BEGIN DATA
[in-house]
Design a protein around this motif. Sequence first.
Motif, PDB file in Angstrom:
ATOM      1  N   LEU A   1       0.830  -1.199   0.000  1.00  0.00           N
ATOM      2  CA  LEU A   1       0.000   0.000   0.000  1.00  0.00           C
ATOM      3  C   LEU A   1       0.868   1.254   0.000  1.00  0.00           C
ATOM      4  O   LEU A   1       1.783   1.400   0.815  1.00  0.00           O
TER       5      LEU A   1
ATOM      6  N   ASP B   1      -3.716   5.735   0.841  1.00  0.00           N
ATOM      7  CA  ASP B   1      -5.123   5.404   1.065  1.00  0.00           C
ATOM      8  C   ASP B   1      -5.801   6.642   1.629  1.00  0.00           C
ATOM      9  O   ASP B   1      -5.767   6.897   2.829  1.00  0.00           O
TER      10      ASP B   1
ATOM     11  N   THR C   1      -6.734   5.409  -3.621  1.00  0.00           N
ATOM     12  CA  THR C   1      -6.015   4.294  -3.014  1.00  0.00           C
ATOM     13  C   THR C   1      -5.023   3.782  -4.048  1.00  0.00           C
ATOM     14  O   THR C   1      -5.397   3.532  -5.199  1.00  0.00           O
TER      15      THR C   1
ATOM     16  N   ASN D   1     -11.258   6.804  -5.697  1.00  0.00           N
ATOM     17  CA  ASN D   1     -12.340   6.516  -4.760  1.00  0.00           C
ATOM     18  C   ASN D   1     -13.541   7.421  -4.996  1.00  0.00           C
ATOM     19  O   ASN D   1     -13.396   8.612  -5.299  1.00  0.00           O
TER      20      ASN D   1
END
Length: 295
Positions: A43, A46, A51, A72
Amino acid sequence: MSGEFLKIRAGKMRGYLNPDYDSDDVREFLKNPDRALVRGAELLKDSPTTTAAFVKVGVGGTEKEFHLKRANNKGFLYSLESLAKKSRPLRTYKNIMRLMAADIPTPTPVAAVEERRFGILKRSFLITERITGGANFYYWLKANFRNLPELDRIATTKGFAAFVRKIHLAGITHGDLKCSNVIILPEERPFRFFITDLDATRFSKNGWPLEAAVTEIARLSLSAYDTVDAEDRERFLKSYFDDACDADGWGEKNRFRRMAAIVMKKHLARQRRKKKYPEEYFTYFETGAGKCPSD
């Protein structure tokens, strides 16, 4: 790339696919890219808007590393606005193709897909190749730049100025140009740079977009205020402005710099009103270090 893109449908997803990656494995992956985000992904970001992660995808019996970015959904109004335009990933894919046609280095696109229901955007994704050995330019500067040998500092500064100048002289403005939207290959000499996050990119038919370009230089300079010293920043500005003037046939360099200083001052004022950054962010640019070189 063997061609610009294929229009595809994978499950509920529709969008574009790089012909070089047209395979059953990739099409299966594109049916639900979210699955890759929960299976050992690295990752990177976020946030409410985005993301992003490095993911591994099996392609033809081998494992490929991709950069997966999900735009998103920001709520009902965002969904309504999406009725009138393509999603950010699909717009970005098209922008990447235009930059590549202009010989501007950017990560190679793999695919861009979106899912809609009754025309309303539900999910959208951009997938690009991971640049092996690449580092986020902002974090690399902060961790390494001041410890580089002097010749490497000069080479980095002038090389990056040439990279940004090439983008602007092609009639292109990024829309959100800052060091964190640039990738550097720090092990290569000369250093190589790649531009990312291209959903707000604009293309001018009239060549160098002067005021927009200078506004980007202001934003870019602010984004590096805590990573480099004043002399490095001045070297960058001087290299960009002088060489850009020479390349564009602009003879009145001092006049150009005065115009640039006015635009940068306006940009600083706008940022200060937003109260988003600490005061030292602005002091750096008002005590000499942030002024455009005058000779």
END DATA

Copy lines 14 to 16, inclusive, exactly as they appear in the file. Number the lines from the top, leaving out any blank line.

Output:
ATOM     11  N   THR C   1      -6.734   5.409  -3.621  1.00  0.00           N
ATOM     12  CA  THR C   1      -6.015   4.294  -3.014  1.00  0.00           C
ATOM     13  C   THR C   1      -5.023   3.782  -4.048  1.00  0.00           C